After an exhaustive search of the bay, letters and photographs in watertight wrappings were found along with oars and two life vests. No bodies were ever recovered and the three prisoners were never heard from again. The FBI kept the investigation open until 1980 and the three men are officially listed as missing and presumed drowned. To this day, officials deny there has ever been a successful attempt to escape the prison at Alcatraz.
Llewelyn Moss was hunting in a remote Texas desert in June of 1980 when he discovered a grisly scene of dead bodies. Upon inspection he found a man still clinging to life along with a massive amount of heroin in his truck bed. Under a nearby tree, he found another body with a black, leather satchel containing $2 million in cash. Moss decided to leave the injured man and head home with the money, only to return to the scene later that night to help the lone survivor. When he arrived just before dawn, he found the man had recently been shot and killed.
Moss was then chased by a group of men in a pickup truck who shot at him, wounding his right shoulder. Despite his injuries, Moss managed to escape and return home where he immediately told his wife to pack up everything and leave town. While she went to stay with her mother, Moss drove around from motel to motel trying to avoid his pursuers. He checked into room 114 of this motel where his body was later found shot to death in the doorway. No money was ever recovered.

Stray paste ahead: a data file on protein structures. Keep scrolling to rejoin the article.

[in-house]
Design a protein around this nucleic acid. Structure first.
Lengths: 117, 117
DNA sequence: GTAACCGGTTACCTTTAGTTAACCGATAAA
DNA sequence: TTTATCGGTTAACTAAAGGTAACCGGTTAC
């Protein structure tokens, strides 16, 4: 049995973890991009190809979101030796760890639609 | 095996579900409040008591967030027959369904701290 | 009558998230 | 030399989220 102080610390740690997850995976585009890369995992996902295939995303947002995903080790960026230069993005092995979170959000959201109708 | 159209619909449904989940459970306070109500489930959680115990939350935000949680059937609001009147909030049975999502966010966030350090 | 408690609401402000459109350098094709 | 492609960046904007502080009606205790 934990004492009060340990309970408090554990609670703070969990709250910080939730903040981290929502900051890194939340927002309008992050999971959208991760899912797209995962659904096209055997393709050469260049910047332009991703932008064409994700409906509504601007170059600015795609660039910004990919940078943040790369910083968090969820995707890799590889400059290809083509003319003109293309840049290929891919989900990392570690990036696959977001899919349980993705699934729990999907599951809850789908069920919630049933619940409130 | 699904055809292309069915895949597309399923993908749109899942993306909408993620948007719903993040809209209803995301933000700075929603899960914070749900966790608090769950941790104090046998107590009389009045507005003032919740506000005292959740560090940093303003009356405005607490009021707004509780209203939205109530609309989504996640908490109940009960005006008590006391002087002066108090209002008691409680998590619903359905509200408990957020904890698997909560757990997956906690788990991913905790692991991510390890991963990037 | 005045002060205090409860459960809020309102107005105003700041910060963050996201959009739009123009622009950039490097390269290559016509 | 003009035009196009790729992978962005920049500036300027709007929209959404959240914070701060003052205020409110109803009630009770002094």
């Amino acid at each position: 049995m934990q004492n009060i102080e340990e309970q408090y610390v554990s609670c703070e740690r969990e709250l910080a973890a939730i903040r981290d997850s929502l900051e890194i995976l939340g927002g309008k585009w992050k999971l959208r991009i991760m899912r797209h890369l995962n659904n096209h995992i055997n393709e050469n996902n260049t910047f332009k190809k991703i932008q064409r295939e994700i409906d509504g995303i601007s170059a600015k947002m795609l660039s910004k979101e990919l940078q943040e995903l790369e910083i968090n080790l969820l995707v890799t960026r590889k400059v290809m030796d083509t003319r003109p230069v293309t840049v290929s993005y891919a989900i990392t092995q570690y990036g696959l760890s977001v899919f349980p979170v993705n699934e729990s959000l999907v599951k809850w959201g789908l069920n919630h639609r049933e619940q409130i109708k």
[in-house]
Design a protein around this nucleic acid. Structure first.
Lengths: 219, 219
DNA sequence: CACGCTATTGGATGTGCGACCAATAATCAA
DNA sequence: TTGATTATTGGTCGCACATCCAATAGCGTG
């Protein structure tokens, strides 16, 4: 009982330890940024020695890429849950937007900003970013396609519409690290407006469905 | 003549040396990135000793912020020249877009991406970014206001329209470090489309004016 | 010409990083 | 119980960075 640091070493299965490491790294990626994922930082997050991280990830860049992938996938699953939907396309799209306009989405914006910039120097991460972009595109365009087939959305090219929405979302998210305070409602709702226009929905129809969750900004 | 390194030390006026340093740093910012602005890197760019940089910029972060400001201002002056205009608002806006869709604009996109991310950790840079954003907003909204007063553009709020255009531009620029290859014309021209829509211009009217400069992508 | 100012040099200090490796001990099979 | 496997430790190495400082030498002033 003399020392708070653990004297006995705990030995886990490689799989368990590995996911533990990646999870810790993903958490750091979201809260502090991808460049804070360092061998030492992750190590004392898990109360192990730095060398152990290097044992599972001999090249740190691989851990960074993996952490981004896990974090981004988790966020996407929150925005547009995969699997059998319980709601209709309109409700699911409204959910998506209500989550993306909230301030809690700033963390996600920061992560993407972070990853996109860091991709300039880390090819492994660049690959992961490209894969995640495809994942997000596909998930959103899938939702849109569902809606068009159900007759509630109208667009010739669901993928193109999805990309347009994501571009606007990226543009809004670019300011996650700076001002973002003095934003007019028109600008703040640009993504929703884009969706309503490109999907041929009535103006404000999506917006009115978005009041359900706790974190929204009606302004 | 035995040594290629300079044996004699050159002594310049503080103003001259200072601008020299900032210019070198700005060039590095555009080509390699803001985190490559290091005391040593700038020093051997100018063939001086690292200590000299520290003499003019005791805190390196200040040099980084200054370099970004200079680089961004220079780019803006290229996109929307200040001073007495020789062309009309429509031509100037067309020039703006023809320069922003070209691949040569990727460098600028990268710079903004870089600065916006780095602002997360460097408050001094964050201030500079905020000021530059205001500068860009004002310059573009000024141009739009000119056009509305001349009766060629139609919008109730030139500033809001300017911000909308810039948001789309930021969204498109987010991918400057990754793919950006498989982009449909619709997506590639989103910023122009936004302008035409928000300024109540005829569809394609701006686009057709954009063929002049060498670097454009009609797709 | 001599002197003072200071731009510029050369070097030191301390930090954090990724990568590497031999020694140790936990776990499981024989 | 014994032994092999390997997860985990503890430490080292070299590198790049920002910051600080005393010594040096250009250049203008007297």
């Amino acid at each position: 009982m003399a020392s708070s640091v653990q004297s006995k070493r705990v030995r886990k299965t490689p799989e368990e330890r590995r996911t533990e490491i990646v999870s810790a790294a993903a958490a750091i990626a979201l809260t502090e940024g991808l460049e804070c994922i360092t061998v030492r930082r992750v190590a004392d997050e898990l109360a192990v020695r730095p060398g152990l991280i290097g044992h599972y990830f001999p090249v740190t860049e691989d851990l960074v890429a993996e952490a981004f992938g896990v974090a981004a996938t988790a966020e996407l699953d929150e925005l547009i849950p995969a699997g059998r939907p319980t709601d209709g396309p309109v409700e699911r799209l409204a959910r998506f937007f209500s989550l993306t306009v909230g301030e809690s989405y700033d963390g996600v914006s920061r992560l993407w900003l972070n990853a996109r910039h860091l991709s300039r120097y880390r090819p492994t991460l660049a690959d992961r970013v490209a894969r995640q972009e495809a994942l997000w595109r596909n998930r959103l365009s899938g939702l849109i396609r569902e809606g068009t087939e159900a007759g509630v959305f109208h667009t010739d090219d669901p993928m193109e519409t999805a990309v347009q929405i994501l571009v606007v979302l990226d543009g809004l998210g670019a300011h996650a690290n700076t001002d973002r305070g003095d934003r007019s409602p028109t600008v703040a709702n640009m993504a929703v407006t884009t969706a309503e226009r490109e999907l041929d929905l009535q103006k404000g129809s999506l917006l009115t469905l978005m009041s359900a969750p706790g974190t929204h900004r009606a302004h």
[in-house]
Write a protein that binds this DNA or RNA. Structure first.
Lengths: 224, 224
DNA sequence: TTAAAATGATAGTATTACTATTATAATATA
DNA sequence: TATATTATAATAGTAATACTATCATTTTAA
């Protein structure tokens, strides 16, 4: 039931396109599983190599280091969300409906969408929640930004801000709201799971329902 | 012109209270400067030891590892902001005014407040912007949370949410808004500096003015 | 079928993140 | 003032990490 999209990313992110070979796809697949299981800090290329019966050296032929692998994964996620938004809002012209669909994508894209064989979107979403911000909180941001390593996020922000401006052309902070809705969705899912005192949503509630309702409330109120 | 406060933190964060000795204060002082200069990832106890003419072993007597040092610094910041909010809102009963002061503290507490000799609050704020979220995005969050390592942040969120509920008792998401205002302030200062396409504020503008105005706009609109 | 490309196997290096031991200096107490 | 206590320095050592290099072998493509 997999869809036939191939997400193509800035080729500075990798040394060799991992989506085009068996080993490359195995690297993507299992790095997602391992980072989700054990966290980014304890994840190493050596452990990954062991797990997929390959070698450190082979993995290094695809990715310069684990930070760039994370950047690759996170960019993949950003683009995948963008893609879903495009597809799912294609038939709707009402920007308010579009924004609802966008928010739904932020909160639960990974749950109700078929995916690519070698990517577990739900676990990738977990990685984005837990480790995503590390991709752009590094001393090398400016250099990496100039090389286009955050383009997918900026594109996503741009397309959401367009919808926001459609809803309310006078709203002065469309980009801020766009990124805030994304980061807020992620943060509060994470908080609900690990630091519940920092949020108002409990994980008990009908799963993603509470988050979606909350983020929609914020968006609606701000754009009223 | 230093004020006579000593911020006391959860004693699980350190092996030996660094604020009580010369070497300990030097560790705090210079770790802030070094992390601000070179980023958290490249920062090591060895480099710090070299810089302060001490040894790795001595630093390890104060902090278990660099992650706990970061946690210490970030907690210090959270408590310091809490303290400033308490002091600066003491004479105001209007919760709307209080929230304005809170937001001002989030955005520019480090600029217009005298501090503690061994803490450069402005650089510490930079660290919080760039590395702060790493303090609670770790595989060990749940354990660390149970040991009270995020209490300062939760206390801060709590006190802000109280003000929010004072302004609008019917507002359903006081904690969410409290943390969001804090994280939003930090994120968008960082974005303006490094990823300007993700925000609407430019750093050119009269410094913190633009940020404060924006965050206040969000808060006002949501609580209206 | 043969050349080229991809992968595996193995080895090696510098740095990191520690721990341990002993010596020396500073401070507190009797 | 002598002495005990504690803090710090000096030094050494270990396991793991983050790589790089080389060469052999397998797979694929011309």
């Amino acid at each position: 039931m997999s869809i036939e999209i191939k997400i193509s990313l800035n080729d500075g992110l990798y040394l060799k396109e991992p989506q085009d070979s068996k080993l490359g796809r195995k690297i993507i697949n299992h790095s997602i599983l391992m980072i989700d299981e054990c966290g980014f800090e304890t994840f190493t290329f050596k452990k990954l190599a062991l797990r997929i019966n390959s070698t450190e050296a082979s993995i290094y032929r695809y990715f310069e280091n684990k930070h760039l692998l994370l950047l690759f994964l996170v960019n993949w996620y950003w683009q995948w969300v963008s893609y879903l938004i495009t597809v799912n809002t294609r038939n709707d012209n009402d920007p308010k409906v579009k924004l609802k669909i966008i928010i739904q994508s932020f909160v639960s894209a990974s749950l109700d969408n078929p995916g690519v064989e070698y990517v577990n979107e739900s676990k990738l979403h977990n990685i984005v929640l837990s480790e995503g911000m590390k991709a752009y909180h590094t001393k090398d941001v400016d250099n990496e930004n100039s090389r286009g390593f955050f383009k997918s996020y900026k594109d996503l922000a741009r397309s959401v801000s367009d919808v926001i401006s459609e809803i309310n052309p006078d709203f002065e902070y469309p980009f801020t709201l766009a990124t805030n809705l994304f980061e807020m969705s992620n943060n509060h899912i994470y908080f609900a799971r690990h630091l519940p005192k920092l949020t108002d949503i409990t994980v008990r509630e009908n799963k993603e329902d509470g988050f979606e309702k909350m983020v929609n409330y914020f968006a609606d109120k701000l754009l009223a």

Peg Entwistle was a young stage actress in New York City during the onset of the Great Depression. With theatre tickets sales dropping, the actress was involved in a series of Broadway failures in 1931. She migrated to Los Angeles in the spring of 1932 hoping to find salvation in the booming Motion Picture Industry. Without enough money to support herself, she moved in with her uncle on Beachwood Drive, just down the hill from the famous Hollywoodland sign. Peg's future seemed promising as she was cast in a number of roles, acting alongside Humphrey Bogart and in RKO's feature film Thirteen Women. But when her first film performance was almost entirely cut and her contract was allowed to expire, she became despondent and was unable to find work in film or theatre. At the age of 24, the actress sensed her career was over and slipped into a depression.
On the night of September 18, 1932 Peg Entwistle told her uncle she was going for a walk to a nearby drug store but instead made the difficult climb up the steep brush to the Hollywoodland sign. She neatly folded her coat at the base of the letter H and climbed a ladder to the top where she jumped 50 feet to her death.
Two days later Peg's uncle opened a letter from the Beverly Hills Playhouse which was sent the day before she jumped. It was an offer to play the lead role in their next production.
Professional daredevil and motorcyclist Evel Knievel attempted to jump this canyon using a rocket-powered Sky-Cycle on September 8, 1974. The $150,000 craft which was built specifically for the jump had never been successfully tested. Despite the danger, Evel decided to honor his agreement with ABC's Wide World of Sports to broadcast the event live on that particular day. Almost immediately following takeoff a parachute deployed prematurely from the rear of the vehicle catching winds and causing the craft to drift backwards into the canyon. Knievel fell over 600 feet down onto the rocks below, narrowly avoiding the Snake River and sustaining only minor injuries. He would never attempt the jump again.